Is Your Agent Complying With The Law?

Since the 27th May 2015, a new law came into effect under the Consumer Rights Act requiring all lettings agents in England and Wales to clearly display their fees in bricks and mortar stores and websites ensuring they aren't just buried in the small print. The goal is to make it clear to both landlords and tenants what exactly it is they are being charged for and to avoid any hidden costs. A list of some of the more erroneous charges from big name companies include:

  •     Setup fees in addition to normal fees if the property is successfully rented or not
  •     Additional property visits to attend specific request such as neighbour disputes
  •     Submission of non-resident landlords receipts to HMRC if required
  •     Copies of any statement of accounts
  •     Arrange fees for works over certain amounts upwards of 12% of the total cost of the job
  •     Charges for arranging more than one quote
  •     Charging a hidden percentage on reoccurring invoices (contractor commission) for things like gas safety certificates

For tenants, extra costs on top of taking a property may include:

  •     Accompanied check in fees which includes the cost of an inventory and taking meter readings
  •     Amendment fees to documentation
  •     Renewal fees (in addition to the landlord being charged)
  •     Check out fees - to negotiate the repayment of the security deposit
  •     Providing references to future landlords

In addition, Agents are expected to prominently display whether they are a member of a Client Money Protection scheme, and to state which redress scheme they belong to should any issues arise. The purpose of a redress scheme is to deal with complaints made by tenants or landlords about agents. This became mandatory from the 1st October 2014 for any letting and managing agents to be a part of an ombudsman.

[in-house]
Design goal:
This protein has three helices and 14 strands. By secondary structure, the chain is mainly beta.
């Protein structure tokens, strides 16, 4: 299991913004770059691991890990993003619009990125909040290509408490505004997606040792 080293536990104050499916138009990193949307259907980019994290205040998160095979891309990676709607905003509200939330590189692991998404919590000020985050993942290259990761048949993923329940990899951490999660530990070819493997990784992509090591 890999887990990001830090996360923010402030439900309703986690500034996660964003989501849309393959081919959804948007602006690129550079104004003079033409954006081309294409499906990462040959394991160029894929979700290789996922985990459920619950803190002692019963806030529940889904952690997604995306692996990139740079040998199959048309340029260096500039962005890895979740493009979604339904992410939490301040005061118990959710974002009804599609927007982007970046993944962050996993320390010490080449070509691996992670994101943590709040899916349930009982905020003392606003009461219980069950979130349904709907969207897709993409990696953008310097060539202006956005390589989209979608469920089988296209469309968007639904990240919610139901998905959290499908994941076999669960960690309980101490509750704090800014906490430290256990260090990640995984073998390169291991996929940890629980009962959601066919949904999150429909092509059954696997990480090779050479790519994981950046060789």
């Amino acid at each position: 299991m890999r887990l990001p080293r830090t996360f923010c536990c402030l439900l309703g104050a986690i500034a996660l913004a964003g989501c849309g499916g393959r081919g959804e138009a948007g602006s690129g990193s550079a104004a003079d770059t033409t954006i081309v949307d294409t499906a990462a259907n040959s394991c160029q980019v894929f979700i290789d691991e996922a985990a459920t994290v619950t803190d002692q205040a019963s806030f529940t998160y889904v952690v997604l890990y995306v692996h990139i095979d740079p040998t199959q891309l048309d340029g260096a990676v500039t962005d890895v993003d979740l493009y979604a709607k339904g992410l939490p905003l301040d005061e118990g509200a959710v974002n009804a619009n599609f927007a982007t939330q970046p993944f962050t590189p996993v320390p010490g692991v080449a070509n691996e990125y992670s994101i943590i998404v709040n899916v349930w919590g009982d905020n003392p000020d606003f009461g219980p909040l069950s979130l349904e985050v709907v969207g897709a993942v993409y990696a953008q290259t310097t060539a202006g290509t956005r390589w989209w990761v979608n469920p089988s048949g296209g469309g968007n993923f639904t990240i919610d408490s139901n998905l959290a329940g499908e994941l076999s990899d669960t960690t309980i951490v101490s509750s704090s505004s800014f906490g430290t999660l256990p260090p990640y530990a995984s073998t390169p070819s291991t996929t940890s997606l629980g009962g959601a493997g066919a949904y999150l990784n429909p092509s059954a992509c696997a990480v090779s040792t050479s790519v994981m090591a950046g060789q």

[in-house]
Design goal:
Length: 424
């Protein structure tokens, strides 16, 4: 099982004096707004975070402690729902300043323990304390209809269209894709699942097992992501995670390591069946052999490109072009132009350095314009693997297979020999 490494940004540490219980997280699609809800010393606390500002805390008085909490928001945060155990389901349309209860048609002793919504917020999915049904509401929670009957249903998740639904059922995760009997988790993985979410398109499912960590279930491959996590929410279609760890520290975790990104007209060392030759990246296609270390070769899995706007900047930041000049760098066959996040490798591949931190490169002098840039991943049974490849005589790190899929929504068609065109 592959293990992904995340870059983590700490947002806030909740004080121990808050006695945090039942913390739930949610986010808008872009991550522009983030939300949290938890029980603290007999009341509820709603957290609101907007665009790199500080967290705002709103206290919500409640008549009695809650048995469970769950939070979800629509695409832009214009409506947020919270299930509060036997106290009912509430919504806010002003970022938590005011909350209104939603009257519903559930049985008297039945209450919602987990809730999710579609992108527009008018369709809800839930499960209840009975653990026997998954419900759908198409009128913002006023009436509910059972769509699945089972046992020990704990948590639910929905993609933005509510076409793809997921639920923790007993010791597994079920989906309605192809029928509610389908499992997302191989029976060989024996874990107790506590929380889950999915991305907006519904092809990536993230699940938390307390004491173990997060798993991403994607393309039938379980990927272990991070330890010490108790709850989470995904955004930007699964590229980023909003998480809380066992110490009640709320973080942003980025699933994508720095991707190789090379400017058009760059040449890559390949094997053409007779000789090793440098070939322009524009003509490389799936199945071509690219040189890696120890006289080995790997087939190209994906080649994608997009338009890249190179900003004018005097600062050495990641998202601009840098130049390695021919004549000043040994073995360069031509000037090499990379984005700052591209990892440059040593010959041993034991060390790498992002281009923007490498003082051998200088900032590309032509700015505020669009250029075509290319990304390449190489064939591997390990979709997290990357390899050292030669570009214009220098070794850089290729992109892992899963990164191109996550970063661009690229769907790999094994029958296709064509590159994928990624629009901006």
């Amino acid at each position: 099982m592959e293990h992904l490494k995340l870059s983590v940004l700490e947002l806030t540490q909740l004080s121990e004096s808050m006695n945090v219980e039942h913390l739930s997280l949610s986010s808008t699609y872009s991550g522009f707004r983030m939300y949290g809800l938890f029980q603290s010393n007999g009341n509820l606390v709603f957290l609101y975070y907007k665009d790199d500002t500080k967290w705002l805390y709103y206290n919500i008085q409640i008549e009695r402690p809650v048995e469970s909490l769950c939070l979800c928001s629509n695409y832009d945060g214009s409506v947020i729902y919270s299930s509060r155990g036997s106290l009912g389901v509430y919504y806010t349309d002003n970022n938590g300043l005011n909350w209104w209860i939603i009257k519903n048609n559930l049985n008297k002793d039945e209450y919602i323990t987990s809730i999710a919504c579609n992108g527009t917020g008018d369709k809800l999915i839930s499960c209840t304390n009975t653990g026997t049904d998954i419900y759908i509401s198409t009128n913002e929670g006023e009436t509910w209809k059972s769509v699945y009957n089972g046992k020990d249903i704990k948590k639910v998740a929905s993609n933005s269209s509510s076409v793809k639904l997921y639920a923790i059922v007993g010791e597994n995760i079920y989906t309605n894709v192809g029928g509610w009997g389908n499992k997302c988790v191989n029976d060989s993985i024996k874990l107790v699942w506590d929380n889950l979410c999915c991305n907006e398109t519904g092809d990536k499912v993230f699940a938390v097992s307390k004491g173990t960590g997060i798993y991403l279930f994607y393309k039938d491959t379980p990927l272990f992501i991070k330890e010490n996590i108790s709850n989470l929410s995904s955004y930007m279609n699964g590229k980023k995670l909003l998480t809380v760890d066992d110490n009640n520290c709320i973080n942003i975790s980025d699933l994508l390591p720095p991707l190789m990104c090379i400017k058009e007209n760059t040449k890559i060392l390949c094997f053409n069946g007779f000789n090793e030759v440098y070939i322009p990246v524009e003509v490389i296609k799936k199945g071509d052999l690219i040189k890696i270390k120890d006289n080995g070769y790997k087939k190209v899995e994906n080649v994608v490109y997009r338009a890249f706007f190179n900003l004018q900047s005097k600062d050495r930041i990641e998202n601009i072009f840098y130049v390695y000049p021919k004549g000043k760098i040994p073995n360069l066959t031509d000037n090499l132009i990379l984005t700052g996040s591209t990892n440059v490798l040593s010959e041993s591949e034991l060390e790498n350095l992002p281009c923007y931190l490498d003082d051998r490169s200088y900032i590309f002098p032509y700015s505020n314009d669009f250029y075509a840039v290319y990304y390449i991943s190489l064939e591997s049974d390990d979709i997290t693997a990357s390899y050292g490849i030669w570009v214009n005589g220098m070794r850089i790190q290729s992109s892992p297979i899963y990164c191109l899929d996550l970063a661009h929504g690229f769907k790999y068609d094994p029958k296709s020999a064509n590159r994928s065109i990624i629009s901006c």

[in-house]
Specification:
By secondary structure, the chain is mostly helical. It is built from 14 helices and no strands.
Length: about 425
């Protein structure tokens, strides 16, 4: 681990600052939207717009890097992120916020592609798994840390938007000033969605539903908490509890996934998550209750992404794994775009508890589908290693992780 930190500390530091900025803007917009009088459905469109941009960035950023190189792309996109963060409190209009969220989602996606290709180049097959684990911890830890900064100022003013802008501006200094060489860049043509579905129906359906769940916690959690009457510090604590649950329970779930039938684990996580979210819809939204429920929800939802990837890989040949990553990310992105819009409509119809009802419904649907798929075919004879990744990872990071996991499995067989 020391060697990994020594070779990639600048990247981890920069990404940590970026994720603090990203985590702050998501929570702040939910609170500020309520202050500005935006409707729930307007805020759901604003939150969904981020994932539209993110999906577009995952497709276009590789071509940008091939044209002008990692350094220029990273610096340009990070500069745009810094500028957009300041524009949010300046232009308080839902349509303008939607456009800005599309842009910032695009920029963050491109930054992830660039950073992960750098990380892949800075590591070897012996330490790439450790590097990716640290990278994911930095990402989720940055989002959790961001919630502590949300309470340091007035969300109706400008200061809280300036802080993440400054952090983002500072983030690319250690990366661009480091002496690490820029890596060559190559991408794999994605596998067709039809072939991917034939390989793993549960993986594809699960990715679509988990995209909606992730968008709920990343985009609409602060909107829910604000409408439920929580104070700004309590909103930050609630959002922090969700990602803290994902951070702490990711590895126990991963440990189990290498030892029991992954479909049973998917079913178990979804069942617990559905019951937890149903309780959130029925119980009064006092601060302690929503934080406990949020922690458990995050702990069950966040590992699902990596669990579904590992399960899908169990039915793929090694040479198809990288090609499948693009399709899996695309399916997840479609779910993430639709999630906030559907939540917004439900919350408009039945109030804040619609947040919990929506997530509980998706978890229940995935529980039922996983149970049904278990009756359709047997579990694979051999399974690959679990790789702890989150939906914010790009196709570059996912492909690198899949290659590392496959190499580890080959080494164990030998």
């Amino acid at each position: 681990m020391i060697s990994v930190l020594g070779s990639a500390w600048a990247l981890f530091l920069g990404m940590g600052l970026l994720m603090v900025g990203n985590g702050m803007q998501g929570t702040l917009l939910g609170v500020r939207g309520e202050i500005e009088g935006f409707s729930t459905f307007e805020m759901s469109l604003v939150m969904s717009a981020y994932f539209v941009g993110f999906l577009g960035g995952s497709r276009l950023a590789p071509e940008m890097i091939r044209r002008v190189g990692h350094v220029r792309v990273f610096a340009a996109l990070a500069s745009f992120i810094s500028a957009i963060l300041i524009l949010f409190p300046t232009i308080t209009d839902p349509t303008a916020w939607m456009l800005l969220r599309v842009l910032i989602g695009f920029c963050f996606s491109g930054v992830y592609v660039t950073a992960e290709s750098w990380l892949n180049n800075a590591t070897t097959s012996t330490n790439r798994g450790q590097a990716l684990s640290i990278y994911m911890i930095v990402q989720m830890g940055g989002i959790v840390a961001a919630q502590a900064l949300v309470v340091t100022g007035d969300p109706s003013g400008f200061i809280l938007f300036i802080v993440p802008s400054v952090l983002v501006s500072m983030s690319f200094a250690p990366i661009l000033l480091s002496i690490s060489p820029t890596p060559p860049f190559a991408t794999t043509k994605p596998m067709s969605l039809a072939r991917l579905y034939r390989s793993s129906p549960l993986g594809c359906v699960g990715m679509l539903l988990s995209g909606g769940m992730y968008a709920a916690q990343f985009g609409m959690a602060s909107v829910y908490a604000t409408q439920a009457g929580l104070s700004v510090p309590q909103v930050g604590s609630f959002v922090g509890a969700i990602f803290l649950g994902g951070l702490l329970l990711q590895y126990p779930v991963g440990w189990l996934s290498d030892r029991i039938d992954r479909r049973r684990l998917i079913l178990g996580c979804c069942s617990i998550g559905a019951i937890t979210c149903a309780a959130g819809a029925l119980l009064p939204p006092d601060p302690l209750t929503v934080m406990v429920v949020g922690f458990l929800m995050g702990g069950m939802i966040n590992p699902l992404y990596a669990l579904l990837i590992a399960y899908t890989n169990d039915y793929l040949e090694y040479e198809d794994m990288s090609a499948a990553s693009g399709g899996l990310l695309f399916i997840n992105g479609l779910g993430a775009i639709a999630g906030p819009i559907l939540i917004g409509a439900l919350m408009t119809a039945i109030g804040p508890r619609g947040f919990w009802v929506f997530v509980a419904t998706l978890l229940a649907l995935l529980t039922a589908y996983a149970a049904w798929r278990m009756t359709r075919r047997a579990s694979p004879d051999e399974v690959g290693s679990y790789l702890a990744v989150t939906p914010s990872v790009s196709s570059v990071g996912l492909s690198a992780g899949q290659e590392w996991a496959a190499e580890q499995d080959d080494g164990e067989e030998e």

The Client Money Protection (CMP) Scheme is a compensation scheme which provides compensation to landlords, tenants and other clients should an agent misappropriate their rent, deposit or other client funds. While this isn't mandatory, choosing an agent that does have this protection in place clearly is of significant benefit.

Failure for agents not to comply with these two pieces of legislation could face a fine of £5000.

Another area of confusion that the law wanted to address was that of VAT. From a marketing perspective, its more attractive to have a lower fee and tack on '+ VAT' after than to include the total price. A management for of 10% + VAT looks more attractive that 12% inc VAT, despite the two being identical in value. Therefore the law made in necessary for all quote fees must be displayed as inclusive of VAT.

So what was the effect of these new laws? An article published by Property Industry Eye in June 2015 suggest the industry’s compliance appears very low. Despite the law saying that the “list of fees must be comprehensive and clearly defined; there is no scope for surcharges of hidden fees. Ill-defined terms such as administration costs must not be used. All costs must include tax.” Despite the very clear wording of the law, Eye has been sent lists of both national and local agents who are flouting it, either in whole or in part.

Michael Day, of industry consultancy firm Integra, said:

“I think it would be harder to find examples of compliance than non-compliance, “I have no statistics, but I doubt if 5% of the industry has yet fully complied.”

When choosing an agent, there's lots to consider with price being just one, all be it important aspect. But with the law recently changing in favour of consumers, shouldn't comparing pricing be easy?

We think so.